Invasive Pigweed Threatens Soybean Crops

Jun 29, 2015

Planter spreads soybean seeds at Burchett Farms
Credit Nicole Erwin / WKMS

Kentucky soybean farmers are dealing with a pesky invasive weed that could choke out their crops.

Palmer amaranth, commonly called pigweed, is resistant to most herbicides and, for the first time, was spotted on Mike Burchett’s farm in Calloway County.

Burchett is the President of the Kentucky Soybean Association and says the super-weed started in Arkansas and is difficult to manage if it isn’t detected early.

“Roundup, which is our old standby, it’s resistant to it," Burchett said. "And it’s resistant to several other chemicals, so we just keep changing our cocktail.”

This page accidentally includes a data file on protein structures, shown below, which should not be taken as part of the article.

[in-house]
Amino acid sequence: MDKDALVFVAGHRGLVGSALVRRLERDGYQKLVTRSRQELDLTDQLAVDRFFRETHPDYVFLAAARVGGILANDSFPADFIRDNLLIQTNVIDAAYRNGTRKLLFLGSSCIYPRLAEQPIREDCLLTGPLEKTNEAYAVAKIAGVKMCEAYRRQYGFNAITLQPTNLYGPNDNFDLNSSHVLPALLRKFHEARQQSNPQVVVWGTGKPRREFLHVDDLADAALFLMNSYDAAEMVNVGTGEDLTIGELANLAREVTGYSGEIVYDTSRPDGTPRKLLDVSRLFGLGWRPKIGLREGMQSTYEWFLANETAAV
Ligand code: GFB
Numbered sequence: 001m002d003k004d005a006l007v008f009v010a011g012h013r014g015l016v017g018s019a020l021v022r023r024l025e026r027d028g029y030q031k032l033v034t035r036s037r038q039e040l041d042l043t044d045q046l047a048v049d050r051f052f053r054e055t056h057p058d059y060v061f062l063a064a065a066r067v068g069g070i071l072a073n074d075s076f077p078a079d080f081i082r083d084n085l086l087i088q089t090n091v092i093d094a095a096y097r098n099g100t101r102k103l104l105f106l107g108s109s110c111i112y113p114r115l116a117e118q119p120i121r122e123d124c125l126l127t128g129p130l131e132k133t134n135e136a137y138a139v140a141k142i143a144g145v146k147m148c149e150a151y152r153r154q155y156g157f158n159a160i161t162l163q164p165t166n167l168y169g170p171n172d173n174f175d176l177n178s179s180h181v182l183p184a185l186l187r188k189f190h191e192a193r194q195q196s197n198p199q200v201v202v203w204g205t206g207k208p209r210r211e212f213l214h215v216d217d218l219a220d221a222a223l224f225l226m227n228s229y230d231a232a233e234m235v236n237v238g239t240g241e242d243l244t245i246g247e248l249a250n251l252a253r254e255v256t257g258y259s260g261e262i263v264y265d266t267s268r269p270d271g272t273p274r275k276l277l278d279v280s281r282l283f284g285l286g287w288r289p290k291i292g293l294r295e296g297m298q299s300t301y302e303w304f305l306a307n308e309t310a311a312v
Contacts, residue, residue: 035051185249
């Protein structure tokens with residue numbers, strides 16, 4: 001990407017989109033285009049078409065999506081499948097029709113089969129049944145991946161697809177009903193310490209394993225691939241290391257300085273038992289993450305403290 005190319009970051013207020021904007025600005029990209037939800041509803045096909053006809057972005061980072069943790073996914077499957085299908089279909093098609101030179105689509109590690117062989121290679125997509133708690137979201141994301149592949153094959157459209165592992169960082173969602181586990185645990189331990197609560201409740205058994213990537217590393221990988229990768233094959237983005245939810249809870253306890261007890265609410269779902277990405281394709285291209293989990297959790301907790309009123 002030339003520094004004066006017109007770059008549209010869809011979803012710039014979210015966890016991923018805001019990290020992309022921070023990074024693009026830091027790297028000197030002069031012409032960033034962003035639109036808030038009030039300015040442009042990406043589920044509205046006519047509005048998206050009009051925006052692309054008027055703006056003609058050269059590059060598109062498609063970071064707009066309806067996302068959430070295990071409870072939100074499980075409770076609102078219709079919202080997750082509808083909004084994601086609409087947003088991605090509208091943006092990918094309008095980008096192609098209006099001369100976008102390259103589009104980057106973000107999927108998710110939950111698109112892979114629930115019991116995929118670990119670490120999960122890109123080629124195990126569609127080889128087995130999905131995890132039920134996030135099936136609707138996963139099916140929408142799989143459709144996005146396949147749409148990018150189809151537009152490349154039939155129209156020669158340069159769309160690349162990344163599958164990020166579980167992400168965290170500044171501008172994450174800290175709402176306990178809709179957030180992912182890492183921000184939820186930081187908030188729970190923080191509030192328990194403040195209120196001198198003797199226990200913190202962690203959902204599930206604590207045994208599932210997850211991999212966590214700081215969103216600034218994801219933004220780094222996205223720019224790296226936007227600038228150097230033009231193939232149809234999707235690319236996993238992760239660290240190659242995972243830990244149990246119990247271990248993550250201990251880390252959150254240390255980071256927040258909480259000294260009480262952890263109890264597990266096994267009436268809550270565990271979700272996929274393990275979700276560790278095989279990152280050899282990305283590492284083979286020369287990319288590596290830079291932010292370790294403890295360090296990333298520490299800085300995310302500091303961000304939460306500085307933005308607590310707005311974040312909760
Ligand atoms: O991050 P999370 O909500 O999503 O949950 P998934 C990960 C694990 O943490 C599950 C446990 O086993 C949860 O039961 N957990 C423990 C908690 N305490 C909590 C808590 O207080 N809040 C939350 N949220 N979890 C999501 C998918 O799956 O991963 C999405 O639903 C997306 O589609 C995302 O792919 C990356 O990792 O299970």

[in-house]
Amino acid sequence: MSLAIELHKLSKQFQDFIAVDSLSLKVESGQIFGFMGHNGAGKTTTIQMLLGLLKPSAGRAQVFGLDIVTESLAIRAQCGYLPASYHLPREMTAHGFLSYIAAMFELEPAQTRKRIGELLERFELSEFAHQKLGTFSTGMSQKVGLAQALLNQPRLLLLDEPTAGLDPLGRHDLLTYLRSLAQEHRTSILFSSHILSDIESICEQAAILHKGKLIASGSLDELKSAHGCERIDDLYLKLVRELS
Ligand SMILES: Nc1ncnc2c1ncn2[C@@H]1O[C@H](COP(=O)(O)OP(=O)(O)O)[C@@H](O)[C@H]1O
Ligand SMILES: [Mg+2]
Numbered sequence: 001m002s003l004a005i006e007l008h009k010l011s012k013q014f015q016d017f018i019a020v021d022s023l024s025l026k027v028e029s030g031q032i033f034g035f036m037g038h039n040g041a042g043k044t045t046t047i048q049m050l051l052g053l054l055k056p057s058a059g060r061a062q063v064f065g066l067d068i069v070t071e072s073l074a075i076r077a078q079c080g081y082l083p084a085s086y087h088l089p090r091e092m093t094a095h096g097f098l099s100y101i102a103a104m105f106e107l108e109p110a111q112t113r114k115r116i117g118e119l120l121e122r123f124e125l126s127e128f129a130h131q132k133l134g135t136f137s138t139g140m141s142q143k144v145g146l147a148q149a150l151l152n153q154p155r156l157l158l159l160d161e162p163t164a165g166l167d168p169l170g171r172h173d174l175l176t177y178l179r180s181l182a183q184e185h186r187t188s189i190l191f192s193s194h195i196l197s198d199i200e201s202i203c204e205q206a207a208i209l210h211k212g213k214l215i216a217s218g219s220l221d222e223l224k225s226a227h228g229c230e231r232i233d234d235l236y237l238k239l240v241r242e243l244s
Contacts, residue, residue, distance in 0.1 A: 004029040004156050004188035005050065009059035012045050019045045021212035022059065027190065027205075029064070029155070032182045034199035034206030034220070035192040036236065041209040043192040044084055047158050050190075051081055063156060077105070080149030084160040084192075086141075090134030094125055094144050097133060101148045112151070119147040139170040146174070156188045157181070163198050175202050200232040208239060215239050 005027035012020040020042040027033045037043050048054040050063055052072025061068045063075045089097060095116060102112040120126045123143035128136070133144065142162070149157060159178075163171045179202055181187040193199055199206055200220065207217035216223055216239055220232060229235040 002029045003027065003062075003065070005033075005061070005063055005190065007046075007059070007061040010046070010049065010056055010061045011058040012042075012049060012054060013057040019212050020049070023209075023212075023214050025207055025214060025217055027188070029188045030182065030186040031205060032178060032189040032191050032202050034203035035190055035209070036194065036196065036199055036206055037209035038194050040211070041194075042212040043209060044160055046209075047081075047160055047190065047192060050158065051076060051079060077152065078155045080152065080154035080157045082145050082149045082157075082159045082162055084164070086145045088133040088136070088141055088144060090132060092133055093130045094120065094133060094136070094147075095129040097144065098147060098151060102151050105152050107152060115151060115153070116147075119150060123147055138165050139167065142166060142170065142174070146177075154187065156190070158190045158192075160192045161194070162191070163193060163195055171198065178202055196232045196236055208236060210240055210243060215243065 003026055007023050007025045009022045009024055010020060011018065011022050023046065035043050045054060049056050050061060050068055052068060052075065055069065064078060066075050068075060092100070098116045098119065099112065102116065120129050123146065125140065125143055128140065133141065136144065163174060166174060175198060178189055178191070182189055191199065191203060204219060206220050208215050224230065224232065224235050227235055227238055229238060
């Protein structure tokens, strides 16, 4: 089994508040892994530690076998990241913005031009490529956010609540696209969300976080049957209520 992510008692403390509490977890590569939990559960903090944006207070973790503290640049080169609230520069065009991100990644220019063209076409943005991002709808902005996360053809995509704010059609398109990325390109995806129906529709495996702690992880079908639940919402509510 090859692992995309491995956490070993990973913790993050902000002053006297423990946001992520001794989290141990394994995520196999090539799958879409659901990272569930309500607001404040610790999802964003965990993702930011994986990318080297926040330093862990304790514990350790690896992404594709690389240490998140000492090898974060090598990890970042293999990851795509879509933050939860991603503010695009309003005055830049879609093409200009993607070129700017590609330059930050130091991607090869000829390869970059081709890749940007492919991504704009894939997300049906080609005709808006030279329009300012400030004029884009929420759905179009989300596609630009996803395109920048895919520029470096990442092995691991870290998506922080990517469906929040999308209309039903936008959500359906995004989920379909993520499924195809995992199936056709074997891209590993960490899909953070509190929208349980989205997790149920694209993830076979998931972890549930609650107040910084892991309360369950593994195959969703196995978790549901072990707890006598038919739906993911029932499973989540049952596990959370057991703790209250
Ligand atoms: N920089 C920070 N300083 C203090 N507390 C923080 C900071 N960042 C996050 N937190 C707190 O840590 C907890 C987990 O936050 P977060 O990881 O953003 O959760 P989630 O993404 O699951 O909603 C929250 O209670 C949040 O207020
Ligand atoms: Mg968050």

The USDA reports 72 percent of Kentucky’s soybeans had been planted as of June 14. If preventative methods aren’t sufficient, farmers will have to resort to disking or hand cultivation.

Amaranthus palmerii, pigweed, photographed in Phoenix, Arizona
Credit Wikimedia Commons/Author: Pompilid

"It’s kind of like the superbugs that become resistant to antibiotics, and that's what that is in the weed family, it's resistant to our known control measures," said Burchett.

Burchett said it’s too early to tell whether or not the pigweed will affect the market. He'll be watching to see if big soybean state's like Illinois get hit with the weed.